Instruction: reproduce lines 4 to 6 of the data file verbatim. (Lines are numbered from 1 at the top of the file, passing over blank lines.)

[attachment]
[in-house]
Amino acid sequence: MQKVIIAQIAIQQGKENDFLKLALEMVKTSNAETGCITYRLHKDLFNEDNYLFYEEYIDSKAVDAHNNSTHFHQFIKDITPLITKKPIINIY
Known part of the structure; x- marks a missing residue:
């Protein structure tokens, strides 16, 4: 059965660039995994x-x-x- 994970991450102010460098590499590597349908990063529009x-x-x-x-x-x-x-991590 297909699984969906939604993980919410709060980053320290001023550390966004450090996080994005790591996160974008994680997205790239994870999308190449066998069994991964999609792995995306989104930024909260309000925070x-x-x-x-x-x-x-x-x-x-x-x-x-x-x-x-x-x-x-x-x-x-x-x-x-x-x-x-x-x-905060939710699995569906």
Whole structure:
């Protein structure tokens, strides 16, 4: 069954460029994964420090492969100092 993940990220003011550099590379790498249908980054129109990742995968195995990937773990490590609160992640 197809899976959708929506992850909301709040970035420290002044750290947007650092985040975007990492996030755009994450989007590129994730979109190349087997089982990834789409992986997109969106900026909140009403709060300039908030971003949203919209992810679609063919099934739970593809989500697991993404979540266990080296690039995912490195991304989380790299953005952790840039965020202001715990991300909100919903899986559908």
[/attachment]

């Protein structure tokens, strides 16, 4: 059965660039995994x-x-x- 994970991450102010460098590499590597349908990063529009x-x-x-x-x-x-x-991590 297909699984969906939604993980919410709060980053320290001023550390966004450090996080994005790591996160974008994680997205790239994870999308190449066998069994991964999609792995995306989104930024909260309000925070x-x-x-x-x-x-x-x-x-x-x-x-x-x-x-x-x-x-x-x-x-x-x-x-x-x-x-x-x-x-905060939710699995569906």
Whole structure:
């Protein structure tokens, strides 16, 4: 069954460029994964420090492969100092 993940990220003011550099590379790498249908980054129109990742995968195995990937773990490590609160992640 197809899976959708929506992850909301709040970035420290002044750290947007650092985040975007990492996030755009994450989007590129994730979109190349087997089982990834789409992986997109969106900026909140009403709060300039908030971003949203919209992810679609063919099934739970593809989500697991993404979540266990080296690039995912490195991304989380790299953005952790840039965020202001715990991300909100919903899986559908």